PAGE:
• PHAs may be eligible to apply for FEMA Public Assistance grants that cover emergency work that includes debris removal, demolition of unsafe structures, or boarding of windows, as well as permanent work.
    • HUD’s Office of Public and Indian Housing (PIH) has been sending reports to PHAs about program participants who have registered for FEMA assistance. HUD will continue to send these reports on a regular basis.

HURRICANE MARIA

FEMA

U.S. Virgin Islands

 By the Numbers:

  • $10,510,000 Emergency Work (Categories A-B) dollars obligated** (unchanged from 10/2)

**Funds made available to the State via electronic transfer following FEMA’s final review and approval of Public Assistance projects.

Puerto Rico

By the Numbers:

  • 13,832 Individual Assistance (IA) applications approved*
  • $6,916,000 Individual & Household Program (IHP) approved*
  • $6,916,000 Other Needs Assistance (ONA) approved*

*Assistance dollars approved but not necessarily disbursed.

Florida Governor Assists Puerto Ricans. Florida’s Governor, Rick Scott, announced the opening of Disaster Relief Centers to assist households from Puerto Rico displaced by Hurricane Maria at the Orlando and Miami airports, as well as at the Port of Miami. The Governor also signed Executive Order 17-259 to provide Florida resources to assist households displaced from Puerto Rico by Hurricane Maria who arrive in Florida. For example, Section 5 of the Executive Order provides that all public facilities such as schools owned or leased by the state, regional, or local governments that are suitable for use as public shelters shall be made available at the request of local emergency management agencies. Section 8 allows medical professionals, social workers, and counselors with professional licenses from other states to render free services to people affected by Hurricane Maria.

 Local Perspective

 Death toll. Puerto Rico’s Public Safety Secretary Héctor Pesquera acknowledged that the number of deaths resulting from Hurricane Maria exceeds the official government count of 16.


HURRICANE IRMA

FEMA

Florida

 By the Numbers: (as of 10/2)

  • 673,124 Individual Assistance (IA) applications approved*
  • $691,373,241 Individual & Household Program (IHP) approved*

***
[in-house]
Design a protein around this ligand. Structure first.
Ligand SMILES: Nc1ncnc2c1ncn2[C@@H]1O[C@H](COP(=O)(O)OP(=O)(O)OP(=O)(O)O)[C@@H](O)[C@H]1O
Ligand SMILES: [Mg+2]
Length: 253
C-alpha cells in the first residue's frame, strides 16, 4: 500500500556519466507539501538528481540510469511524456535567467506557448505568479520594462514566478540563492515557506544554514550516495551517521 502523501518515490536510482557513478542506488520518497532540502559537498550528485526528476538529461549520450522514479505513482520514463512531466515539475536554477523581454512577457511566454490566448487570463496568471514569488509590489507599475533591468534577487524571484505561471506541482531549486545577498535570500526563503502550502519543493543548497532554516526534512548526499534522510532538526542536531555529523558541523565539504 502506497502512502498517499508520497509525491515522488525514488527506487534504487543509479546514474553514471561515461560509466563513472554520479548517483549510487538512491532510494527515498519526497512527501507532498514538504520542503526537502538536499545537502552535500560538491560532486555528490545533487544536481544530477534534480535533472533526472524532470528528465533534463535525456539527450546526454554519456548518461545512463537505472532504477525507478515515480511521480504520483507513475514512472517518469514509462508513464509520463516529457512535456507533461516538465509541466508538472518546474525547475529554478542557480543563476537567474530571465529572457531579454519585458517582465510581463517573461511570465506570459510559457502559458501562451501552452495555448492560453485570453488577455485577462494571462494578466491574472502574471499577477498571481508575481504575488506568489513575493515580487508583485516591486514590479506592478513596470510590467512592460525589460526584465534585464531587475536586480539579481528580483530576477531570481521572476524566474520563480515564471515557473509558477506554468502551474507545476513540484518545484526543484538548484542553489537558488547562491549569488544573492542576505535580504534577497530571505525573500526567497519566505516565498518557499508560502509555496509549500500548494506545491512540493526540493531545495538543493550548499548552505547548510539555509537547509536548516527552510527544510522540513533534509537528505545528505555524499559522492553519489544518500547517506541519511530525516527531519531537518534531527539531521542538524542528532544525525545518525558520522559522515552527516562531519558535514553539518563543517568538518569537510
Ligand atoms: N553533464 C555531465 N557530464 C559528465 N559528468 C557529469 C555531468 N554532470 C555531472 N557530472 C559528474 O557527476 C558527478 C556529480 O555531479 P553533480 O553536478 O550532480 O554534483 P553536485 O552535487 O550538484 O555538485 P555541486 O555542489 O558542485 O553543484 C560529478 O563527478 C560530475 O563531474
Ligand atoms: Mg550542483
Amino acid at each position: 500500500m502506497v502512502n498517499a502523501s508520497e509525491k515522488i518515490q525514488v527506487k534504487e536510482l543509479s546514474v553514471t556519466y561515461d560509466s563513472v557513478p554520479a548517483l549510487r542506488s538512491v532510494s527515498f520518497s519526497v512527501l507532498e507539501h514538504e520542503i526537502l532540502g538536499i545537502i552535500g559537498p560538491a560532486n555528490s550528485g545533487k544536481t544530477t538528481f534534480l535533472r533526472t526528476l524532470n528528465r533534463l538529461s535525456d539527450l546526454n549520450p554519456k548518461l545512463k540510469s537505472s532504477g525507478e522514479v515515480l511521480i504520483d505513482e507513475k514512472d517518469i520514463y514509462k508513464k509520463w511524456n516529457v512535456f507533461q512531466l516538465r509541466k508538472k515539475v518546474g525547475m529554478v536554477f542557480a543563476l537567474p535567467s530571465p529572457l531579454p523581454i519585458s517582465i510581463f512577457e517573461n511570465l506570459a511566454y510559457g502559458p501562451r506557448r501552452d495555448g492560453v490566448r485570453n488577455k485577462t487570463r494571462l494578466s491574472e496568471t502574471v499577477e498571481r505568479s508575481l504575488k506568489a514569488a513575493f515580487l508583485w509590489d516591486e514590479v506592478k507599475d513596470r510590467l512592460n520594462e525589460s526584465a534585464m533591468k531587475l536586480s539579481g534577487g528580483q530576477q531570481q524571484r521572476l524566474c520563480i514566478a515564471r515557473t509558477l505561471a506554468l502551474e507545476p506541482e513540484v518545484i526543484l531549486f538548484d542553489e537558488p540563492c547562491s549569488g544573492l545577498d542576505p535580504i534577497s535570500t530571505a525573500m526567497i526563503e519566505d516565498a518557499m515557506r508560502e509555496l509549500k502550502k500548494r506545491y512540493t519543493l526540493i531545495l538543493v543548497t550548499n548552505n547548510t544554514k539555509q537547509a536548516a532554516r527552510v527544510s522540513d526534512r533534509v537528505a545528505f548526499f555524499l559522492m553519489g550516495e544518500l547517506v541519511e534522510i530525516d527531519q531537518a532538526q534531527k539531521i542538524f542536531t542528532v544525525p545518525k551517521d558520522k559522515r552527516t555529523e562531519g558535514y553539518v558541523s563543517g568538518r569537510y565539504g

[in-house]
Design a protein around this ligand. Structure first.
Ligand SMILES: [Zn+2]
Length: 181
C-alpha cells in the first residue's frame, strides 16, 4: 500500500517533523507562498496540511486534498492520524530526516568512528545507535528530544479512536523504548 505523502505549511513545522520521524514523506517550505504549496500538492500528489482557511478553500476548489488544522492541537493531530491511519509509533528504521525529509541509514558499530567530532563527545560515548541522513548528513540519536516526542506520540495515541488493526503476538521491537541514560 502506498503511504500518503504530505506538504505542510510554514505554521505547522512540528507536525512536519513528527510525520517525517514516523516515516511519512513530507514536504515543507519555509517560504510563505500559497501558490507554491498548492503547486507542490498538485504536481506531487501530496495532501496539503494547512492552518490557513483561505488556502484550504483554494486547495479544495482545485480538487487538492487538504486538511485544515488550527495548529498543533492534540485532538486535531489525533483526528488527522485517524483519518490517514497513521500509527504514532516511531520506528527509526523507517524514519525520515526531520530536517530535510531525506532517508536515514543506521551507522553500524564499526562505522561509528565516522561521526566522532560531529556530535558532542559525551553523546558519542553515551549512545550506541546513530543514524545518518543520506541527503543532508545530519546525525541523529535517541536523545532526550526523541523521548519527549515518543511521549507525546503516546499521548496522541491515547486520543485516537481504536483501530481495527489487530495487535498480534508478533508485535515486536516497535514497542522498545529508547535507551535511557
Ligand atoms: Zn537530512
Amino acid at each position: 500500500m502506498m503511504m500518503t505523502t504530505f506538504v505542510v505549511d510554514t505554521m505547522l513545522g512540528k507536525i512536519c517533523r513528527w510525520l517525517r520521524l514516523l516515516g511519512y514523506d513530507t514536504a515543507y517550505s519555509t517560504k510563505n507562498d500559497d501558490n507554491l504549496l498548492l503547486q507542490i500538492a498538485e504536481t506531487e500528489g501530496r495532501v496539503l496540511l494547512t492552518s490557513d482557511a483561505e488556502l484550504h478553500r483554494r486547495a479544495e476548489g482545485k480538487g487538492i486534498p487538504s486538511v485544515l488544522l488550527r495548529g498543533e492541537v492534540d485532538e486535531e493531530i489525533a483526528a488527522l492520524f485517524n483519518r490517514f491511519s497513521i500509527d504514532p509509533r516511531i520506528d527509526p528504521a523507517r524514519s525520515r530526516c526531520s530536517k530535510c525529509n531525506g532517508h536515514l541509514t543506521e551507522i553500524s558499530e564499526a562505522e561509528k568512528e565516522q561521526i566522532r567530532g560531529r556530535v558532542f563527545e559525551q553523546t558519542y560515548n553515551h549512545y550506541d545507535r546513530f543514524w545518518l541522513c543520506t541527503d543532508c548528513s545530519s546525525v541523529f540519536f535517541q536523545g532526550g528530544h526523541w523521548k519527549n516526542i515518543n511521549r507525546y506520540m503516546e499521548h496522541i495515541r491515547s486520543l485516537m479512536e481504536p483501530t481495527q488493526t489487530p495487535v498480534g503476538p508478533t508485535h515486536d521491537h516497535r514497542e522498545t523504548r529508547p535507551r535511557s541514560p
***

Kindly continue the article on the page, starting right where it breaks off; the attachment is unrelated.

• $453,771,427 Housing Assistance (HA) approved*
  • $237,601,814 Other Needs Assistance (ONA) approved*

*Assistance dollars approved but not necessarily disbursed.

Increased Federal Cost Sharing. President Trump authorized an increase in the federal-cost share to 90% from 75% for debris removal and emergency protective measures in Florida for 30 days.

Georgia

By the Numbers: (as of 10/2)

  • 7,722 Individual Assistance (IA) applications approved*
  • $8,480,184 Individual & Household Program (IHP) approved*
  • $5,766,983 Housing Assistance (HA) approved*
  • $2,713,201 Other Needs Assistance (ONA) approved*

*Assistance dollars approved but not necessarily disbursed.


HURRICANE HARVEY

FEMA

By the Numbers: (except for PA, unchanged from 10/2)

  • 286,009 Individual Assistance (IA) applications approved*
  • $698,001,453 Individual & Household Program (IHP) approved*
  • $501,496,859 Housing Assistance (HA) approved*
  • $196,504,594 Other Needs Assistance (ONA) approved*
  • $323,676,092 Public Assistance Grants (PA) obligated** all of which are for Emergency Work (Categories A-B)

*Assistance dollars approved but not necessarily disbursed.

**Funds made available to the State via electronic transfer following FEMA’s final review and approval of Public Assistance projects.

Local Perspectives

  • Timing of HUD funds. Local and state officials in Texas continue to worry about the timeline of receiving disaster relief funds from HUD, pushing the agency to shorten comment periods. Officials are also nervous about how the $7.4 billion in CDBG-DR funds will be distributed between affected areas and within Texas.
  • Debris Removal. Neither city nor county officials in Houston have filed with FEMA to provide debris removal services for private properties, forcing residents to clean up themselves.